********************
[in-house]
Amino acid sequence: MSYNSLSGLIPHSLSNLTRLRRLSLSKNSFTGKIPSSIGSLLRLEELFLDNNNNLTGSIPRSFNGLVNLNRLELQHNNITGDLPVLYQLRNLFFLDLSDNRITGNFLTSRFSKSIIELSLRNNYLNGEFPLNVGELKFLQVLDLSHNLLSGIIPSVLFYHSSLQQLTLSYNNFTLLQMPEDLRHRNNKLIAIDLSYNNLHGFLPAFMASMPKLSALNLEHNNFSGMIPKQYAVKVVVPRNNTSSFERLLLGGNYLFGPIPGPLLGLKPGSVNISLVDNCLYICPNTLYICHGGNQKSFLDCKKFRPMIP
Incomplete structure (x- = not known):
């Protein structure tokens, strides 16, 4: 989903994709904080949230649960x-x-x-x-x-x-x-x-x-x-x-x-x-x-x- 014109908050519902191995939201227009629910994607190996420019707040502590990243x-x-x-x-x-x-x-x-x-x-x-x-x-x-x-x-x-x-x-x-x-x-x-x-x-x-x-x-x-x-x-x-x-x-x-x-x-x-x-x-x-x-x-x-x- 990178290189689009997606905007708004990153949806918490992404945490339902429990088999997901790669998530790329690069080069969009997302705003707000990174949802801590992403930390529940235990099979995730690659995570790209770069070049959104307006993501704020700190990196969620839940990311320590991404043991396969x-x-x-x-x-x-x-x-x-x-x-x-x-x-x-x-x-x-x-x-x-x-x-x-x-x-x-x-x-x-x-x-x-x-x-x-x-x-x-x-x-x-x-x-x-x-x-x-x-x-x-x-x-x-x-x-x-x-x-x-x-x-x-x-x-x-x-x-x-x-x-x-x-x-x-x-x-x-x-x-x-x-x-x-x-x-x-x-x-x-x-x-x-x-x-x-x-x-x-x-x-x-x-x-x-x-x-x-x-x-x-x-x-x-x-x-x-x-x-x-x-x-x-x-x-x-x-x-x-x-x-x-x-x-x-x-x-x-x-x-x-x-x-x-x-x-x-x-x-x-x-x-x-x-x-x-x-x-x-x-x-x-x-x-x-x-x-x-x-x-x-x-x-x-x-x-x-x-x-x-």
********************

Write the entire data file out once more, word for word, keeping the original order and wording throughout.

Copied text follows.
[in-house]
Amino acid sequence: MSYNSLSGLIPHSLSNLTRLRRLSLSKNSFTGKIPSSIGSLLRLEELFLDNNNNLTGSIPRSFNGLVNLNRLELQHNNITGDLPVLYQLRNLFFLDLSDNRITGNFLTSRFSKSIIELSLRNNYLNGEFPLNVGELKFLQVLDLSHNLLSGIIPSVLFYHSSLQQLTLSYNNFTLLQMPEDLRHRNNKLIAIDLSYNNLHGFLPAFMASMPKLSALNLEHNNFSGMIPKQYAVKVVVPRNNTSSFERLLLGGNYLFGPIPGPLLGLKPGSVNISLVDNCLYICPNTLYICHGGNQKSFLDCKKFRPMIP
Incomplete structure (x- = not known):
């Protein structure tokens, strides 16, 4: 989903994709904080949230649960x-x-x-x-x-x-x-x-x-x-x-x-x-x-x- 014109908050519902191995939201227009629910994607190996420019707040502590990243x-x-x-x-x-x-x-x-x-x-x-x-x-x-x-x-x-x-x-x-x-x-x-x-x-x-x-x-x-x-x-x-x-x-x-x-x-x-x-x-x-x-x-x-x- 990178290189689009997606905007708004990153949806918490992404945490339902429990088999997901790669998530790329690069080069969009997302705003707000990174949802801590992403930390529940235990099979995730690659995570790209770069070049959104307006993501704020700190990196969620839940990311320590991404043991396969x-x-x-x-x-x-x-x-x-x-x-x-x-x-x-x-x-x-x-x-x-x-x-x-x-x-x-x-x-x-x-x-x-x-x-x-x-x-x-x-x-x-x-x-x-x-x-x-x-x-x-x-x-x-x-x-x-x-x-x-x-x-x-x-x-x-x-x-x-x-x-x-x-x-x-x-x-x-x-x-x-x-x-x-x-x-x-x-x-x-x-x-x-x-x-x-x-x-x-x-x-x-x-x-x-x-x-x-x-x-x-x-x-x-x-x-x-x-x-x-x-x-x-x-x-x-x-x-x-x-x-x-x-x-x-x-x-x-x-x-x-x-x-x-x-x-x-x-x-x-x-x-x-x-x-x-x-x-x-x-x-x-x-x-x-x-x-x-x-x-x-x-x-x-x-x-x-x-x-x-």